Lessons in hope from a world on the wire
My recent TV watching, on a friend's recommendation, has concentrated on The Wire. I became an immediate convert after episode one. Set in Baltimore, America's most violent city, it's the cop series to cap them all. The best cops are flawed, the worst are crooks. The baddies almost all have some redeeming features. It is coarse, violent, almost devoid of sentiment and offers little ground for social optimism. As one evil individual or gang is locked away, another rises from the depths to fill the vacuum. Any hope in the series is through individual leaps of faith and personal redemption.
The five series explore the law against different backgrounds: drugs on the streets, the docks and people-trafficking, corrupt politics, the black middle school and the city newspaper. Fictional schools usually offer only limited lessons for real life, but Tilghman Middle shows both what's best in schools everywhere and some of the worst aspects of education in the modern world.
Pryzbylewski (played by Jim True-Frost), the young teacher (an ex-cop), struggles to keep order and teach maths in a school where many students are suspicious of schools, teachers and education itself. He wins through with most of the kids by a combination of relevance (dice, playing cards and computers) and respect for the learners.
The youngsters are troubled, many coming from criminal families or with drug-abusing parents. Violence, such as we never see in Scotland, erupts regularly: a girl slashed across the face in class by a classmate with a blade. The youngster who inadvertently reveals his knowledge of a local murder is labelled a "snitch" and his life is no longer worth living. Decent kids are sucked from minor misdemeanours into drug dealing and murder.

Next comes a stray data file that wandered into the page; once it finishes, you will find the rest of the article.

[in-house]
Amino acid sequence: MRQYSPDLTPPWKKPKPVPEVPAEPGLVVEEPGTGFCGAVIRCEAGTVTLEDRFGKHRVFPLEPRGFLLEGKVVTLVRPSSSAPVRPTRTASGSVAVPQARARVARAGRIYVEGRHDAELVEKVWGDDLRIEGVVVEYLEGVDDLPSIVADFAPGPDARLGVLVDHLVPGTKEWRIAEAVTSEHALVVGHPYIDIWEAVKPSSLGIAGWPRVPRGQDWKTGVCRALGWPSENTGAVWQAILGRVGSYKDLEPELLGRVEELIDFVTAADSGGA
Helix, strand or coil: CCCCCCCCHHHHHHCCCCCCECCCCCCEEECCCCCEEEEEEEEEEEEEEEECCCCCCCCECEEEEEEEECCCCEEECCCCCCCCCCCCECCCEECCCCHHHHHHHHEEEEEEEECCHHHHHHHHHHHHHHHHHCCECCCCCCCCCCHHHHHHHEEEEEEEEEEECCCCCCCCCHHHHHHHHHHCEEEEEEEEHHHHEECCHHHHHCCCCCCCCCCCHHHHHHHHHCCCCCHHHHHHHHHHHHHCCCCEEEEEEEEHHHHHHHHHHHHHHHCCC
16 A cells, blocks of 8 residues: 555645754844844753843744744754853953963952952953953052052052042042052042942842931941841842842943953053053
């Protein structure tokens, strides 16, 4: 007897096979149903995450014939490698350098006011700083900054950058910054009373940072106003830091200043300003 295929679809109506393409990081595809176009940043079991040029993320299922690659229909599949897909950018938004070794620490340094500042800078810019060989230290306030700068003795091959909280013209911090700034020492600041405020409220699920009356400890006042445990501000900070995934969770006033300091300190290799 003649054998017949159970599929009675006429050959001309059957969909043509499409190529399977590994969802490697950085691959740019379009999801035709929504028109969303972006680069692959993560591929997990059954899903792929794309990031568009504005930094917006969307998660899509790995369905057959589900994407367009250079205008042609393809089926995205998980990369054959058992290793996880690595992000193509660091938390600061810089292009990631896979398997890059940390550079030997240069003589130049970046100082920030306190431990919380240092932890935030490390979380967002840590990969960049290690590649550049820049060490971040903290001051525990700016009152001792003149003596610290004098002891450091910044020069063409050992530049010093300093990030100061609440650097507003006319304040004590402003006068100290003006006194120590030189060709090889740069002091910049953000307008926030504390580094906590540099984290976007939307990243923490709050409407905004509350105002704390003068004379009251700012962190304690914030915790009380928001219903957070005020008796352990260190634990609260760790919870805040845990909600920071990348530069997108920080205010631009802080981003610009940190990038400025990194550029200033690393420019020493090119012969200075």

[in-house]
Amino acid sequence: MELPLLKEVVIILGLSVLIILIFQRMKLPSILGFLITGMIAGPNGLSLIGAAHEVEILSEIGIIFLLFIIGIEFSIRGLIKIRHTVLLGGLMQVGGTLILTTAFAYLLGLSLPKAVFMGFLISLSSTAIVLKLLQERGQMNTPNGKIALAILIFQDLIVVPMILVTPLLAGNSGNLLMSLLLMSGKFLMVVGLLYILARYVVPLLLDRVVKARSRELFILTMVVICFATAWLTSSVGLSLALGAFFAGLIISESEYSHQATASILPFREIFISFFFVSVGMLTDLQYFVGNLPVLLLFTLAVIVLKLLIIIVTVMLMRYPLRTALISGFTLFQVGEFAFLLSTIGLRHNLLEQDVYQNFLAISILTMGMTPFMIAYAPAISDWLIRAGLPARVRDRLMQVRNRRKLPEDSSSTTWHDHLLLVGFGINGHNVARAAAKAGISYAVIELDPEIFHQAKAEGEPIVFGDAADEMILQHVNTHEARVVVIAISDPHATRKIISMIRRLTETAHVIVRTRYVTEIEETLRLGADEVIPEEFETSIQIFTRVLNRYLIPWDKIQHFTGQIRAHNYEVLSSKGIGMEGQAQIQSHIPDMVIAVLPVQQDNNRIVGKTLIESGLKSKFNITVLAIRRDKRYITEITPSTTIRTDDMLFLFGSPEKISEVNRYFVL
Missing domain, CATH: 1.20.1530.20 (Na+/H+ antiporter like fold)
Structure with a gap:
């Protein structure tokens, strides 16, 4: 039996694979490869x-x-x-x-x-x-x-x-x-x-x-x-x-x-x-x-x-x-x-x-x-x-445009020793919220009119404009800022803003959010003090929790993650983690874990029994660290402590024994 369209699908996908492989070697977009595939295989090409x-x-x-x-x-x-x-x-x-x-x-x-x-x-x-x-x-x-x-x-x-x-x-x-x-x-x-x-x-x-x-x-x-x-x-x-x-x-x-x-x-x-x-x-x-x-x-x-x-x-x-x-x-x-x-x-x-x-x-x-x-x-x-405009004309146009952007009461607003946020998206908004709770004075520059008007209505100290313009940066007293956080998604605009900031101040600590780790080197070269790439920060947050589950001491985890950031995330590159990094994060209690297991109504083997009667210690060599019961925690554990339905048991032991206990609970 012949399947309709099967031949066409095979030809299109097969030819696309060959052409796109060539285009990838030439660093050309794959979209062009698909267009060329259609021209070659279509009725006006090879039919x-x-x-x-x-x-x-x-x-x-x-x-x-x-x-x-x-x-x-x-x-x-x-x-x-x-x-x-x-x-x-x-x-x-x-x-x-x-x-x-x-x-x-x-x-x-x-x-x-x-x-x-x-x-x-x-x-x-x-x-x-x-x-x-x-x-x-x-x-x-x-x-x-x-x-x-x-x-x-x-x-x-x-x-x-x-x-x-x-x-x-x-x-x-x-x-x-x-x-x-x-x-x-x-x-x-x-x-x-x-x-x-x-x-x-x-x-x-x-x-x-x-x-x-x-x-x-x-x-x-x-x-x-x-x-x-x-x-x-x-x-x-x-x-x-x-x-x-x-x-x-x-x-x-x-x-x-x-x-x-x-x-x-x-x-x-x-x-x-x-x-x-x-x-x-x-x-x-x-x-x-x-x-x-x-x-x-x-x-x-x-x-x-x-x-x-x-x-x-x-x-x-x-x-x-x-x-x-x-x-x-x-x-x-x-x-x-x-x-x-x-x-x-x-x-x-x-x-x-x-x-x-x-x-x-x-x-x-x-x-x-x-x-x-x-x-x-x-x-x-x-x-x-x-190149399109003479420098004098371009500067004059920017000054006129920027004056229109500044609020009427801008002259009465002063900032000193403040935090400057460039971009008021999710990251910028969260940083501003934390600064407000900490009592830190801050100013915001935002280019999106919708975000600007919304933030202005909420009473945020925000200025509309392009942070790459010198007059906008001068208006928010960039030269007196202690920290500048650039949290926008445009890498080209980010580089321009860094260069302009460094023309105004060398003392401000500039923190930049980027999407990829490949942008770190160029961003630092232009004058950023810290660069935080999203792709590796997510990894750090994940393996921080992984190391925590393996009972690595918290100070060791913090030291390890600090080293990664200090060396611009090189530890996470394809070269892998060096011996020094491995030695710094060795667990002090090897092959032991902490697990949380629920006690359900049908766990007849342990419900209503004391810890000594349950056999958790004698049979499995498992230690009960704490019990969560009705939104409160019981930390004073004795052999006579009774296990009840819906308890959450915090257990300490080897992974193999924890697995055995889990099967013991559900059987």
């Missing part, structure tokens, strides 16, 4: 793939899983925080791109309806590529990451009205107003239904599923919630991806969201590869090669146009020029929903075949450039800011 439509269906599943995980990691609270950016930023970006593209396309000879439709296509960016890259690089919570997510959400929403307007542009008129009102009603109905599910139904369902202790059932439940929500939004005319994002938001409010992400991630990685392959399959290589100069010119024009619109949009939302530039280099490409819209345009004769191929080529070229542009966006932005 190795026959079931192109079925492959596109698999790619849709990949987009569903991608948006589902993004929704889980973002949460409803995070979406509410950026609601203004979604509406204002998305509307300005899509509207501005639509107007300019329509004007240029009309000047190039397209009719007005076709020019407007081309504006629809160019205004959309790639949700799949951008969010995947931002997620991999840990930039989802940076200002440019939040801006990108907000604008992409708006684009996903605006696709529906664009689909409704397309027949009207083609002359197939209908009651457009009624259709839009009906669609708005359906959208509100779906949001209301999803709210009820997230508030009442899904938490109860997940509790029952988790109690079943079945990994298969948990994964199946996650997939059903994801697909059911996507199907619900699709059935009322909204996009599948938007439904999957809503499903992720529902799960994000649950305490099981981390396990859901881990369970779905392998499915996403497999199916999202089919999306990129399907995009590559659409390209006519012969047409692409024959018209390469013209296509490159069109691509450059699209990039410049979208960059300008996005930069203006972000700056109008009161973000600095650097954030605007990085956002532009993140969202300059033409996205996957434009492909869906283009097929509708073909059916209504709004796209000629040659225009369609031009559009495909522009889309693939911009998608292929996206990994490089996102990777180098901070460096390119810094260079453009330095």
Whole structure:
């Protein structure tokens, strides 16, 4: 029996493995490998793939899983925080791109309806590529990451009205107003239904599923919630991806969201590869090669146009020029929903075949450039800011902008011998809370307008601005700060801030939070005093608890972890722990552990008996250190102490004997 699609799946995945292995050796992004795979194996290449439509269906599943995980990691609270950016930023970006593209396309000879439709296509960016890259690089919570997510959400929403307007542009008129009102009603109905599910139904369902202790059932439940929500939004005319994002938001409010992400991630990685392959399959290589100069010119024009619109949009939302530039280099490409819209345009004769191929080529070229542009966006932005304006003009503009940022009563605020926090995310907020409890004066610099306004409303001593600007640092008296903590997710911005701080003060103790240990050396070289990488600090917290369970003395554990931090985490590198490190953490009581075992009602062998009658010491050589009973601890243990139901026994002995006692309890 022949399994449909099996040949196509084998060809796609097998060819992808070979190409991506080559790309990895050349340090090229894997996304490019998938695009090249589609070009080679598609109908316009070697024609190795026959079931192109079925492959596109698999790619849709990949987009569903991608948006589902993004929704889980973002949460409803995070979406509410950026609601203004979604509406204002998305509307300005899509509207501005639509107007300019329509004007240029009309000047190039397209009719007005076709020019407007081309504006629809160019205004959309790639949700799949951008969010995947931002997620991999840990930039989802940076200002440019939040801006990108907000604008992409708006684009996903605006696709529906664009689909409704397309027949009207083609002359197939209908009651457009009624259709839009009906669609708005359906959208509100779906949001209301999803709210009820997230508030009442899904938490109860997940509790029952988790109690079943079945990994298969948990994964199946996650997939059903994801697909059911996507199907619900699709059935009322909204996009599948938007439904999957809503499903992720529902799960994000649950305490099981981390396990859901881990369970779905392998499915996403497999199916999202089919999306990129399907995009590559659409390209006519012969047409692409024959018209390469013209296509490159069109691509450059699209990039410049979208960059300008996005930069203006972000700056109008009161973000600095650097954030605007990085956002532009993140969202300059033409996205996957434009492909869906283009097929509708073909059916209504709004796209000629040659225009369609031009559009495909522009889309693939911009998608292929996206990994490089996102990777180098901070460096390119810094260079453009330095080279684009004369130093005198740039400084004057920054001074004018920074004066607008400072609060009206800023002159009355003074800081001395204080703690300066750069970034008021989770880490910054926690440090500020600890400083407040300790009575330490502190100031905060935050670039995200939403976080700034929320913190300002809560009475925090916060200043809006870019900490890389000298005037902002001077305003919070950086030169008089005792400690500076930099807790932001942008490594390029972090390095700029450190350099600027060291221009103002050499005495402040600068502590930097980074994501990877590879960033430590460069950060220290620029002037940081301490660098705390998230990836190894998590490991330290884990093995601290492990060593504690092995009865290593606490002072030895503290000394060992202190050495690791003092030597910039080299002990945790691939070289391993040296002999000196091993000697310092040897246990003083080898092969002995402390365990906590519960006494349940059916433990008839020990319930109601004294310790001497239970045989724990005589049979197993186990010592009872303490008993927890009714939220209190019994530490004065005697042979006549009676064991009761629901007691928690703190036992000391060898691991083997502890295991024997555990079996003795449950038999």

A project to re-engage the most alienated youngsters is led by Bunny, another ex-cop. Group work, experiential learning and the realism of the ex-cop seem to be winning some of the disaffected kids until the testing regime imposes its discipline.
State support to local schools is determined by test scores. The city insists that in the run-in to the tests, all teaching, without exception, must concentrate on the tests. Even Bunny's group, the kids most alienated by the education machine, are forced into it. Even there, however, at least one kid escapes, partly because his criminal father realises it's best for his son to be out of the only world he ever knew.
The school's well-meaning principal tends to bow to City Hall pressure. Fortunately, Mrs Donnelly, the assistant principal, creates solidity in the school: she cares for the kids but is tough as nails; she cares for the staff and encourages teachers to make the best efforts they can in horrifically difficult circumstances - and they do.
It's a world where the forces of evil are pervasive and seemingly as powerful as the forces of good. Politics are rotten, the streets crime- infested, the police corrupt. It's fiction; it's not Scotland - but it's worth watching. There are enough parallels for it to be a warning, and enough differences to keep us guessing.
School comes out well and is among the few beacons of hope. There's courage, caring and integrity, enough good folk with a commitment to public service and a hunger for a better world. In these dark days, Scottish schools could do worse than emulate Tilghman Middle.
Alex Wood is head of the Wester Hailes Education Centre, Edinburgh.